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DHS head: Businesses need to focus on cybersecurity

Chertoff also calls for incentives to private sector

By Grant Gross
August 11, 2005 12:00 PM ET

IDG News Service - WASHINGTON -- The U.S. Department of Homeland Security will focus significant efforts on cybersecurity and on working with private vendors to develop technologies designed to provide domestic security in the coming months, DHS Secretary Michael Chertoff said.
Chertoff, speaking yesterday at the InfraGard National Conference here, also called on private companies to make more of an effort to protect their cyberinfrastructures. He also said more incentives are needed for IT vendors to focus on cybersecurity. InfraGard is an organization started by the FBI to improve information sharing about critical infrastructure between the U.S. government and private industry.
One incentive for private companies to develop cybersecurity products would be to institute legal reforms that limit damages from product lawsuits, Chertoff said.
As an example, he cited the Support Anti-terrorism by Fostering Effective Technologies Act of 2002, which limits liability for products designed to combat terrorism. But he said Congress should go further in protecting companies from product lawsuits.
However, private companies should already have good reasons to protect their infrastructures, he said. "There's also a very strong business case to be made for private-sector investment in security," he said. "In today's threat environment, active security measures are critical to businesses themselves, because the cost of an attack will very, very greatly outweigh the cost of protection."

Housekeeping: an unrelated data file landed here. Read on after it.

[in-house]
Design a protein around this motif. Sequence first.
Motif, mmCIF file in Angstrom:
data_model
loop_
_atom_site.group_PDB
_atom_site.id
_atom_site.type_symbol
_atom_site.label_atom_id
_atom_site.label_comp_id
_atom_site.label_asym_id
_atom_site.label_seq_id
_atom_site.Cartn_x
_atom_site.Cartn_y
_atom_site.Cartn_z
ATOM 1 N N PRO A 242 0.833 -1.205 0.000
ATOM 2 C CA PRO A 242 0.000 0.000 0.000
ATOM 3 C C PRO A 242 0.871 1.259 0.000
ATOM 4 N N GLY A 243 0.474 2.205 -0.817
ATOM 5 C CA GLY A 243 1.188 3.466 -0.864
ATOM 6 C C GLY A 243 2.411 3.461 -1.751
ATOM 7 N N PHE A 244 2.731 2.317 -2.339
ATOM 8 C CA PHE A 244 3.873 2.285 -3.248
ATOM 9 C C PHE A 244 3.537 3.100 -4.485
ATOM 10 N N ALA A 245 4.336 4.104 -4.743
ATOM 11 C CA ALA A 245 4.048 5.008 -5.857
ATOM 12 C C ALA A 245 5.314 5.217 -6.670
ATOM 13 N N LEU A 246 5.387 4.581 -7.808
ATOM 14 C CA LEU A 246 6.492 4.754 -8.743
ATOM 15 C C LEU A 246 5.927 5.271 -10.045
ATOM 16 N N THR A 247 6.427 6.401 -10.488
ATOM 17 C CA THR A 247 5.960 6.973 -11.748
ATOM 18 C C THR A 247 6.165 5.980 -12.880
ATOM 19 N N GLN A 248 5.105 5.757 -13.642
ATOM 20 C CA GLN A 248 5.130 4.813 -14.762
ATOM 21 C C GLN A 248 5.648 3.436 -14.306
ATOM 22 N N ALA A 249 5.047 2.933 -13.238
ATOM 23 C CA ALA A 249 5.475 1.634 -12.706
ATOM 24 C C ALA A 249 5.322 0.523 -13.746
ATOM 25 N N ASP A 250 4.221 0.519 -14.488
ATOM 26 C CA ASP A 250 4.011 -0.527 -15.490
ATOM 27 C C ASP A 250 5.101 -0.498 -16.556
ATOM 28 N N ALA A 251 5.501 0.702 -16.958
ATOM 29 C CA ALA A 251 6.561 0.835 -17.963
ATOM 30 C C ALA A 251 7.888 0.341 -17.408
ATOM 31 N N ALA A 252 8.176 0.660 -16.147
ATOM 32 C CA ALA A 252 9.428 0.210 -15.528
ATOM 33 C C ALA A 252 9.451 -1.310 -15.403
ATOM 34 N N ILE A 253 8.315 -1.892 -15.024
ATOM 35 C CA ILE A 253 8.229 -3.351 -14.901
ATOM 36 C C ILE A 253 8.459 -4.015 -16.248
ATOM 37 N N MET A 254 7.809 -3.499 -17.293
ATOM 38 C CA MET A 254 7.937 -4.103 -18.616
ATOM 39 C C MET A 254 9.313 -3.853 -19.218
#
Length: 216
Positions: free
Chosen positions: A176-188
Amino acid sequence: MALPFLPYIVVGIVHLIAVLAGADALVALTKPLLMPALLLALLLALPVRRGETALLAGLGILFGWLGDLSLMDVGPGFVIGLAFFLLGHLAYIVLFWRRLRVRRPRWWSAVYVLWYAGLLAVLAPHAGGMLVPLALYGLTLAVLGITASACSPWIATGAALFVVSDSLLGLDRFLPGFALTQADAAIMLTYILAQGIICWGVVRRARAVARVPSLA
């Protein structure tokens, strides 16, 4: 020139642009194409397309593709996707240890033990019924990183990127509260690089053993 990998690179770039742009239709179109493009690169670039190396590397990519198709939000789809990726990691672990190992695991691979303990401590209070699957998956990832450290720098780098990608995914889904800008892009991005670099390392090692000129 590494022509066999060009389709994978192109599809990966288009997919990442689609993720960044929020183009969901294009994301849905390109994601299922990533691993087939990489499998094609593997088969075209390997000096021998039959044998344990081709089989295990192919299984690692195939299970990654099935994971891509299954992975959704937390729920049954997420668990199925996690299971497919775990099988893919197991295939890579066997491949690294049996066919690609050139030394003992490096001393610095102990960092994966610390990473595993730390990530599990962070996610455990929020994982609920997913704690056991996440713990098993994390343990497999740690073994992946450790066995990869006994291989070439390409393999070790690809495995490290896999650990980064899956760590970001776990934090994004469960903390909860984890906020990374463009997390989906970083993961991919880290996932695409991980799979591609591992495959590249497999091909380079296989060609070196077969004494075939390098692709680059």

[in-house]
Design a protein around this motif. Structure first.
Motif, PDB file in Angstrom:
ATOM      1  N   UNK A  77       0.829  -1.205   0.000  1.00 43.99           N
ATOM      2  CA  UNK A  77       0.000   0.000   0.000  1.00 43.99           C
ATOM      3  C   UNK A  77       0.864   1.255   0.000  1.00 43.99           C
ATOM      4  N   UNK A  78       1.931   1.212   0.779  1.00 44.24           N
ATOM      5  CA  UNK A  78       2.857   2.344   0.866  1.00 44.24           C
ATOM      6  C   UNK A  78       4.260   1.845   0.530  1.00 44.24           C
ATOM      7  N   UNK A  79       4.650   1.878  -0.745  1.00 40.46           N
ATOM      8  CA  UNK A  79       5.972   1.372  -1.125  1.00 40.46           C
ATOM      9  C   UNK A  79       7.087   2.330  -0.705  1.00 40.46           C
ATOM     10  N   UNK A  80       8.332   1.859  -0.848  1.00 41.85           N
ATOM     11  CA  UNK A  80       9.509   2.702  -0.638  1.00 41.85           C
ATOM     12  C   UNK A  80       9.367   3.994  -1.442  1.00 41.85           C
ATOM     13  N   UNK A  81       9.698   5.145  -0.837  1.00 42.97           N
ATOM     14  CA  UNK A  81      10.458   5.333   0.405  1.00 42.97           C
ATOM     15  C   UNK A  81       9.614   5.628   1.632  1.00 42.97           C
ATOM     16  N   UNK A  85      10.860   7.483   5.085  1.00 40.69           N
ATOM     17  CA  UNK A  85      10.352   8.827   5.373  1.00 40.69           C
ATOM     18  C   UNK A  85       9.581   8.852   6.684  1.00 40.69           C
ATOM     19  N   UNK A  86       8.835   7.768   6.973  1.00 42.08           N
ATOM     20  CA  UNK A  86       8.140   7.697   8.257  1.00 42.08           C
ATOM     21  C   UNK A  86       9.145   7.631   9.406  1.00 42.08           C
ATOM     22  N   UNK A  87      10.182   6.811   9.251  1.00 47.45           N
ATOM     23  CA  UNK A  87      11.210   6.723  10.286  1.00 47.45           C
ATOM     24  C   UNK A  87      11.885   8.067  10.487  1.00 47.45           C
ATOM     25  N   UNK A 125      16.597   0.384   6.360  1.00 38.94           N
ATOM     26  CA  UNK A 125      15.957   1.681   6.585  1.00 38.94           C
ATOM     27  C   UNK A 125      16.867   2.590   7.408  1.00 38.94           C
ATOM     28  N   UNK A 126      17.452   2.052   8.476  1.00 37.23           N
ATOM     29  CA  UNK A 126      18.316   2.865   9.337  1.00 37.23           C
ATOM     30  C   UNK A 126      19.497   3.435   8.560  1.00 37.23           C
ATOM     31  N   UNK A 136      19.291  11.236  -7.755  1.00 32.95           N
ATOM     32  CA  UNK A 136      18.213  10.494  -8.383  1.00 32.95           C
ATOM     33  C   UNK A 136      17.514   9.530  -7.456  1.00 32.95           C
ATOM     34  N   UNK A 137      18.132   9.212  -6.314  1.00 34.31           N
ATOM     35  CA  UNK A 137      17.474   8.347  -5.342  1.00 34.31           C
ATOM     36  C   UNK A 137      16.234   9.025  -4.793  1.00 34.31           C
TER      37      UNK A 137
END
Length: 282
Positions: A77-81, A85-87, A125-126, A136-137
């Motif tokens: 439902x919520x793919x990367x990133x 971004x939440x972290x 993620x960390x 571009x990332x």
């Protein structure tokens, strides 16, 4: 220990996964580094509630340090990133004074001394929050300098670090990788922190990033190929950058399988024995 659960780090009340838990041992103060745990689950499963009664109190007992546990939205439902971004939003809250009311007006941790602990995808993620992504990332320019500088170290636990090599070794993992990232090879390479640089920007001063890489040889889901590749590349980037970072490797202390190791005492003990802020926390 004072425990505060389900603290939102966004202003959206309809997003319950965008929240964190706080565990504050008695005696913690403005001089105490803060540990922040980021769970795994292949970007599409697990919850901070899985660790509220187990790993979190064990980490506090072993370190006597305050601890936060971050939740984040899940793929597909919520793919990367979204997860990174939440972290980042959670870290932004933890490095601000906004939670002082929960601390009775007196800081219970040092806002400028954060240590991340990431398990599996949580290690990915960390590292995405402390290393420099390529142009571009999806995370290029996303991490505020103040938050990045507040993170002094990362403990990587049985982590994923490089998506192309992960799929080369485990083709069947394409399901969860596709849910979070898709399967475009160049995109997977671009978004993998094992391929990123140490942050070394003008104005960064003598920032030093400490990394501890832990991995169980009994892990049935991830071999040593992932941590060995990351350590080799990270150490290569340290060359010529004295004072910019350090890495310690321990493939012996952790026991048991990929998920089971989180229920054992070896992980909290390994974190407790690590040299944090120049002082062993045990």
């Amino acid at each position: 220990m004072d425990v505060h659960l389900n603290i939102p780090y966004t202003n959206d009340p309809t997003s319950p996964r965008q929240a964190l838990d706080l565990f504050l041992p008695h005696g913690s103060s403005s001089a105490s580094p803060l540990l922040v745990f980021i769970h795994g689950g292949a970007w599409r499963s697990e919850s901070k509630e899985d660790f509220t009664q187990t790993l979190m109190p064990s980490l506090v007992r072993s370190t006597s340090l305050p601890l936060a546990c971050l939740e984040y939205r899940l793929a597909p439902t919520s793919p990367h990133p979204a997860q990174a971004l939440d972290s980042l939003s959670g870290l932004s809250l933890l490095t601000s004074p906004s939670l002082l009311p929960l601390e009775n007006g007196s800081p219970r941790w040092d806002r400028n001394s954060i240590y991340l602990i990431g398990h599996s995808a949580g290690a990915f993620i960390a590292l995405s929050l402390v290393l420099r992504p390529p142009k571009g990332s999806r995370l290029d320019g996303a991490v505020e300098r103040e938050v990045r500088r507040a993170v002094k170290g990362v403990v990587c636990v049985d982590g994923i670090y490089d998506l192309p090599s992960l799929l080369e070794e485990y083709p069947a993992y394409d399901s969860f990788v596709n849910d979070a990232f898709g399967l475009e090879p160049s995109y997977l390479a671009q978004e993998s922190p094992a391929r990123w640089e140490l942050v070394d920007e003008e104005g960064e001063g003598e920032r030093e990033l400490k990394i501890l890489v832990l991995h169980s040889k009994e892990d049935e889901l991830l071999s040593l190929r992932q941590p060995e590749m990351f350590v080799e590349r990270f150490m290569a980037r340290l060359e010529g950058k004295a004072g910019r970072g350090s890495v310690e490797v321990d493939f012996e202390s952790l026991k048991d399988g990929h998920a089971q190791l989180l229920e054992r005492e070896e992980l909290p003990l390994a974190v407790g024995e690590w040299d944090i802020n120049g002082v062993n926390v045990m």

Chertoff didn't discuss a May report from the Government Accountability Office, which said the agency has "not fully addressed any" of its 13 key cybersecurity areas. But much of his talk at InfraGard was focused on cybersecurity, while most past DHS efforts have focused on physical security.
Most of what the DHS has identified as the U.S. critical infrastructure is controlled by computers, Chertoff noted, and most of that infrastructure -- such as the nation's electrical grid and financial networks -- is owned by private companies. Chertoff called for a "21st-century style of organization" that includes government agencies working closely with private companies to protect important national assets.
"We all recognize that protecting these vital national assets is a shared responsibility and a partnership," he said. "The Department of Homeland Security does not and should not own and control all these systems."
The DHS will look at "all aspects of cybersecurity" in the coming months as it hires a person to fill the newly created position of assistant secretary for cybersecurity, Chertoff said. The agency will work to further develop partnerships with private companies to protect cybersecurity, and cybersecurity will be an essential part of a national infrastructure protection plan that the DHS is working on, he said.
Chertoff also called on private industry

Reprinted with permission from Story copyright 2014 International Data Group. All rights reserved.
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